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Besides being aptly named for the impulse it can inspire among clients and their contractors, the punch list is the final, aggravating hurdle of any renovation.
But somewhat counterintuitively, the worst thing you can do is wait until the end of your project to hand over your list. That's when your contractor is ready to move on and your financial leverage is at its lowest.
“During the last 30 percent of the job, the client should come in on a weekly basis and point out things that need to be taken care of,” says Jeff Streich, a general contractor and the owner of Prime Renovations in Manhattan. “If the client is on top of the contractor throughout the process, the final punch list should be small.”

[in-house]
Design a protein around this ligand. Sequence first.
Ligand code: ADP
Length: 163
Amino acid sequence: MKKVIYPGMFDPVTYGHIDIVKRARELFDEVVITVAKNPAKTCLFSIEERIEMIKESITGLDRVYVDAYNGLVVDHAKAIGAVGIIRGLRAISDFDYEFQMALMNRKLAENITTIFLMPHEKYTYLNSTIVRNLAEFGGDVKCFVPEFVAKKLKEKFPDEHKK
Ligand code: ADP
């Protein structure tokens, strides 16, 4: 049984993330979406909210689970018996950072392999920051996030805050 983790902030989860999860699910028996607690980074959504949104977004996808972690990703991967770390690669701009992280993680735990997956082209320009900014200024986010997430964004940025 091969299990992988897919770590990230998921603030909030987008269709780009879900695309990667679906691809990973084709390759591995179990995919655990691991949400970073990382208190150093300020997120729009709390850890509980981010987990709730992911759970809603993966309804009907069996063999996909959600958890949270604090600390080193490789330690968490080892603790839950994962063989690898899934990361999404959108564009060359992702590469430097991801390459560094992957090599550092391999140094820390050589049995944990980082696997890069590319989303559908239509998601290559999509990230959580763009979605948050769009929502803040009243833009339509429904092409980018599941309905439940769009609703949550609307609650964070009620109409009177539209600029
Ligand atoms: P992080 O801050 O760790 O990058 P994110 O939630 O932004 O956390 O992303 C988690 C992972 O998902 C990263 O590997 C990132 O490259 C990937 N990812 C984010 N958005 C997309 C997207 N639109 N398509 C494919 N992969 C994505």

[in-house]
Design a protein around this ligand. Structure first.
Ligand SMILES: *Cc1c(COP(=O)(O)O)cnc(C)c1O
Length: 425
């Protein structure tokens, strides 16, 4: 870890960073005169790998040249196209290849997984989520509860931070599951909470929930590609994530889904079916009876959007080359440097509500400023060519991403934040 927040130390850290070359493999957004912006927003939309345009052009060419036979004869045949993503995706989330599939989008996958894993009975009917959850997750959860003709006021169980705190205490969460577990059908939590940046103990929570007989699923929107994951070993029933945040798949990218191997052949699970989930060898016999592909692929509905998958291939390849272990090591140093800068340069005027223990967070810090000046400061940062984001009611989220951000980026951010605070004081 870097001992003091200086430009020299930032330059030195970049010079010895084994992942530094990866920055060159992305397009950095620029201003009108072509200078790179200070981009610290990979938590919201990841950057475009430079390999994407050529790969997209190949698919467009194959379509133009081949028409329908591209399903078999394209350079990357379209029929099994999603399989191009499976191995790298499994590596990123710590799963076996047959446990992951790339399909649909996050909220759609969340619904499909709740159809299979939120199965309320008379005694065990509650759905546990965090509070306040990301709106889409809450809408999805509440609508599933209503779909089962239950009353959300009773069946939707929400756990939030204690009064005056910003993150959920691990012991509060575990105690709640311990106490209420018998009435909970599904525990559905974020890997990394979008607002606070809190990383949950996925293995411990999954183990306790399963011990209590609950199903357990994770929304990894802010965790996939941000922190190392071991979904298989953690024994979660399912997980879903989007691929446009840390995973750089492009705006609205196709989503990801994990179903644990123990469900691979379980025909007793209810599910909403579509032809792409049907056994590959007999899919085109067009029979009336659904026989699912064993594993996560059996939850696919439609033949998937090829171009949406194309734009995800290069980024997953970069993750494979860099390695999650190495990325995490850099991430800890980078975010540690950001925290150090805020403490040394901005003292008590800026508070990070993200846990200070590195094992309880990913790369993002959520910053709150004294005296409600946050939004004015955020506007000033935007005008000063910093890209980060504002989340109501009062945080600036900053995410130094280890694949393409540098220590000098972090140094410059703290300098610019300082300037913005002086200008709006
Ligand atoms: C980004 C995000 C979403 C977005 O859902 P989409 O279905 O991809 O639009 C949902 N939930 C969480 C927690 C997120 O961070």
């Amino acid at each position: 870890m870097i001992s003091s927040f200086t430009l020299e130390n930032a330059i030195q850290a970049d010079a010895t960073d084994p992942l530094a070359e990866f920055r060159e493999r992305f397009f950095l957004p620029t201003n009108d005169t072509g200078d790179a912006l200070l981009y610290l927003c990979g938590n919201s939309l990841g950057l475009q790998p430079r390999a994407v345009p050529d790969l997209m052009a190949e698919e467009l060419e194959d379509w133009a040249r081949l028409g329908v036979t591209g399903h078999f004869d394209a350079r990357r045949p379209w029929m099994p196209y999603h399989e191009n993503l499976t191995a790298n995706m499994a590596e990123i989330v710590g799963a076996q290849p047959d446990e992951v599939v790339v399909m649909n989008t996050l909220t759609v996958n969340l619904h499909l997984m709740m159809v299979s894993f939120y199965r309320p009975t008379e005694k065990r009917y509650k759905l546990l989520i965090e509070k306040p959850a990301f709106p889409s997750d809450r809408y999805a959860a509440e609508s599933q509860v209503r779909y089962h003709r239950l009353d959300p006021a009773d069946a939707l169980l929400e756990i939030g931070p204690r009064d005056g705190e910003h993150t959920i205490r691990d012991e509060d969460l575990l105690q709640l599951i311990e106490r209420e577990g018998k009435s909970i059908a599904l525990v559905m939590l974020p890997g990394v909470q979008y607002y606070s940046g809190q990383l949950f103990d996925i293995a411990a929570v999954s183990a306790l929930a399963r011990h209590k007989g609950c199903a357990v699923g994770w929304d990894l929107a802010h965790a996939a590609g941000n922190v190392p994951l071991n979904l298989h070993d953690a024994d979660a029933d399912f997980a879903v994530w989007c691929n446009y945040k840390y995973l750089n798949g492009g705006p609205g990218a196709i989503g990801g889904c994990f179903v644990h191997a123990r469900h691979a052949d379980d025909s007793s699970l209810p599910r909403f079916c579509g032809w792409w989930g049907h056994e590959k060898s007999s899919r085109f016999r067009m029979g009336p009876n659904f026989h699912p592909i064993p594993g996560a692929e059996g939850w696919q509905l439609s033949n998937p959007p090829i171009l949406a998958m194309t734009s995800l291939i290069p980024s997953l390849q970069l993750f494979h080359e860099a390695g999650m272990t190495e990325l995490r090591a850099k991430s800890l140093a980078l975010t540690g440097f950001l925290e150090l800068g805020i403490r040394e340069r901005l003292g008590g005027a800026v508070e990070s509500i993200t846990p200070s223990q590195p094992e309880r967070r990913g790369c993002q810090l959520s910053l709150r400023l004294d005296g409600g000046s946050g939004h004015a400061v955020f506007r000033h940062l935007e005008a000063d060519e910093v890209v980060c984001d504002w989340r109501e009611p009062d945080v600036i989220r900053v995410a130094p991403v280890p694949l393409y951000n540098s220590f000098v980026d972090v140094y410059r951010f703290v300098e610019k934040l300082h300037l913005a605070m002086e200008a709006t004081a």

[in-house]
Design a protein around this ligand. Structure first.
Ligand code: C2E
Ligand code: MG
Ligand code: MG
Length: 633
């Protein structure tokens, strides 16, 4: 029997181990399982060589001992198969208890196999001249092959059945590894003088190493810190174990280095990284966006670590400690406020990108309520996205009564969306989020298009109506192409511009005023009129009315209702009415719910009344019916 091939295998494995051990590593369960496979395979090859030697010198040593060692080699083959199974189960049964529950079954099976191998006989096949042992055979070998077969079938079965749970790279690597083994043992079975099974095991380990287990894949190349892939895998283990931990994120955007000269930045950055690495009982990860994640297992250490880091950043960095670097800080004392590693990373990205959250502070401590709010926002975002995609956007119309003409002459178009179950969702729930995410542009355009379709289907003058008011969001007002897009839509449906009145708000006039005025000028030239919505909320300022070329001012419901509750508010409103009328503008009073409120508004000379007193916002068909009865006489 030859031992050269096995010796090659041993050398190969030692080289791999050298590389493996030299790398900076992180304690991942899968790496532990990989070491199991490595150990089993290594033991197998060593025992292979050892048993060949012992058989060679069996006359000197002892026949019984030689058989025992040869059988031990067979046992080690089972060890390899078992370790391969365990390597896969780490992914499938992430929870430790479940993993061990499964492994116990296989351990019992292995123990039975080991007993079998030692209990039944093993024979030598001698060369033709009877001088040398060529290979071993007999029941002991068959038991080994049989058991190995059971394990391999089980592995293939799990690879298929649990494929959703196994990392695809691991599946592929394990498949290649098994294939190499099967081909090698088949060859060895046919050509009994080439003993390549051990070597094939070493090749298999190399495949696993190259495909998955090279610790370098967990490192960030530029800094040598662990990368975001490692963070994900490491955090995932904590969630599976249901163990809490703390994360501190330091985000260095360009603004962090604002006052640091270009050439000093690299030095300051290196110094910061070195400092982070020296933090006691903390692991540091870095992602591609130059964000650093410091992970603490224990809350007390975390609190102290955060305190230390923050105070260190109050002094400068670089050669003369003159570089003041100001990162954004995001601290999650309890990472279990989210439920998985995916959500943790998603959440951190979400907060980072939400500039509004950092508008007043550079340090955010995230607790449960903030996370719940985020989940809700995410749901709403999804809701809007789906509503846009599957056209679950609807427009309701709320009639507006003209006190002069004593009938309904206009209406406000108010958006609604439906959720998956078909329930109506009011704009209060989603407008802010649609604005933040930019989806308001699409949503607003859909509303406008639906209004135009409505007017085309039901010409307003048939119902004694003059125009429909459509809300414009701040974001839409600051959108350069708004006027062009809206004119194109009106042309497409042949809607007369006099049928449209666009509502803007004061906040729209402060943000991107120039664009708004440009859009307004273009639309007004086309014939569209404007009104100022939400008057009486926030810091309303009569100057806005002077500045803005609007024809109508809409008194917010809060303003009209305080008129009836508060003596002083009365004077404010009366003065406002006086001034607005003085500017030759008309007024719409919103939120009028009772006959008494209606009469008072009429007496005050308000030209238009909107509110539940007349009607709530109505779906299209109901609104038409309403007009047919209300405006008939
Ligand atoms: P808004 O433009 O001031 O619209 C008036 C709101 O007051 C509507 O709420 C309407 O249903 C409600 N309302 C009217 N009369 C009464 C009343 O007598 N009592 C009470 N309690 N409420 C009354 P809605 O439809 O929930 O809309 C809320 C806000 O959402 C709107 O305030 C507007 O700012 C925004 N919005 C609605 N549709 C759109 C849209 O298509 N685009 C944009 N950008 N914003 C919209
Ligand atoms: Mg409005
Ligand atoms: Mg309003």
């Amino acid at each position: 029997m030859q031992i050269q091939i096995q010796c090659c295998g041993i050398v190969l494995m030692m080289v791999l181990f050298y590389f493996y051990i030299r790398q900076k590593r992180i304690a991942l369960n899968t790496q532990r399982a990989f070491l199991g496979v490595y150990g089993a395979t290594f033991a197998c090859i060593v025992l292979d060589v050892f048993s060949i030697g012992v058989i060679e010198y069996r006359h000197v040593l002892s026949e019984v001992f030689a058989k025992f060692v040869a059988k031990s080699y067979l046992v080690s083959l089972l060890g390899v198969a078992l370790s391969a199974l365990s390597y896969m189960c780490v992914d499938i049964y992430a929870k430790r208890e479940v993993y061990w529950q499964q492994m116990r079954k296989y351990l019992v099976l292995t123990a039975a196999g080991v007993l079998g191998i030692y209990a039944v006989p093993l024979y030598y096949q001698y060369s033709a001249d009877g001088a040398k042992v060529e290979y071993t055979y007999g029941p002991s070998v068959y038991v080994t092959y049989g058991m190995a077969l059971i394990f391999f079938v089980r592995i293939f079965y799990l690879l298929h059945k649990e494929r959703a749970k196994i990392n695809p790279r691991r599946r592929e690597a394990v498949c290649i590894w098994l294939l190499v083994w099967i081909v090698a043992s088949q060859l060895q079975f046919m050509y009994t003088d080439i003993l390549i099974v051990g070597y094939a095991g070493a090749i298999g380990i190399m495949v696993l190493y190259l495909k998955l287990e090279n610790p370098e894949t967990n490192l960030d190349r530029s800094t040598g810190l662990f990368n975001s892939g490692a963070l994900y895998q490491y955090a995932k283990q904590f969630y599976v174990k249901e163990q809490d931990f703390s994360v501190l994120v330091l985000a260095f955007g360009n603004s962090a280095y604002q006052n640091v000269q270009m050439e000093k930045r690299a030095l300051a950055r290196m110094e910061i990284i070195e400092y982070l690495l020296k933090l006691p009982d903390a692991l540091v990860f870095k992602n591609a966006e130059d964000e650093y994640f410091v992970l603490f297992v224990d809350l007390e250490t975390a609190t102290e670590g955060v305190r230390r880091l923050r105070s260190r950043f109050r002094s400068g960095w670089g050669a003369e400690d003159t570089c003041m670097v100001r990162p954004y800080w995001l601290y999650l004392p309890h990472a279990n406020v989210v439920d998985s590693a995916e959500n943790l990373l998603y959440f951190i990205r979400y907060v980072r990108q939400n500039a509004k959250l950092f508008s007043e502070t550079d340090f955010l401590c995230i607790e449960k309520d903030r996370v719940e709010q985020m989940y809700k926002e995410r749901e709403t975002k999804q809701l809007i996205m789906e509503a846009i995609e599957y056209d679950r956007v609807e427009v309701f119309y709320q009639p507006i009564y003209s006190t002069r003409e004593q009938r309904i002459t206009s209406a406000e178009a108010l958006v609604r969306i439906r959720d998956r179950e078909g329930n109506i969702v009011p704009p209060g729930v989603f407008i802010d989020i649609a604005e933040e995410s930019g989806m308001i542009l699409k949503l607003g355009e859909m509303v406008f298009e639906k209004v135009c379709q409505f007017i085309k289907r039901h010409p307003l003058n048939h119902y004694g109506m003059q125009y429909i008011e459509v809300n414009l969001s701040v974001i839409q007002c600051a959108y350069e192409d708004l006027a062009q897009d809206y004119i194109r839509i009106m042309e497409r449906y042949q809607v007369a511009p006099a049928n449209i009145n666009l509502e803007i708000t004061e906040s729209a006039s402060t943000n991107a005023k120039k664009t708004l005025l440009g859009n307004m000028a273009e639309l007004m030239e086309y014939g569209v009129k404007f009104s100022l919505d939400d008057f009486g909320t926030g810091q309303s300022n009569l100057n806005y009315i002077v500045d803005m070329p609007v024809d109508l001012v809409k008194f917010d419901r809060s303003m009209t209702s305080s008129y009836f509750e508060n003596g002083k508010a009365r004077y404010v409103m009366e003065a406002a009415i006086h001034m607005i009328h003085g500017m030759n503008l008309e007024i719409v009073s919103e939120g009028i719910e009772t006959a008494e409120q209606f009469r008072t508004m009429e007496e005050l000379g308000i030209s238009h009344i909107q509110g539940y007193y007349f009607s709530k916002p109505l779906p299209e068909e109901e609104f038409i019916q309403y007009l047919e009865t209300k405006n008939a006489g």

He even recommends presenting a preliminary punch list just before the third installment payment rather than waiting for the fourth and final payment.
That final amount—typically 10 percent of the total job—along with the prospect of referral business is usually enough to motivate a contractor to finish a modestly sized punch list. That may not be the case though if the contractor is about to start a much bigger job kicked off by a much larger check.
“To be on the safe side, for smaller jobs, I would tell a client to hold back 15% because then it’s worth it for the contractor to finish,” advises Streich. "Then as the punchlist is being completed, another payment would be fair--maybe half of what's left."
Typically, there is nothing that challenging about a punch list, says Streich, "unless the contractor screwed up something to begin with and has to do something like open up a wall again or put in a pocket door but didn’t make the insides of the wall big enough.”
In that case, he says, “You could at least sit them down and say let’s do the easy things first, and then we’ll figure out how we can do the other things.”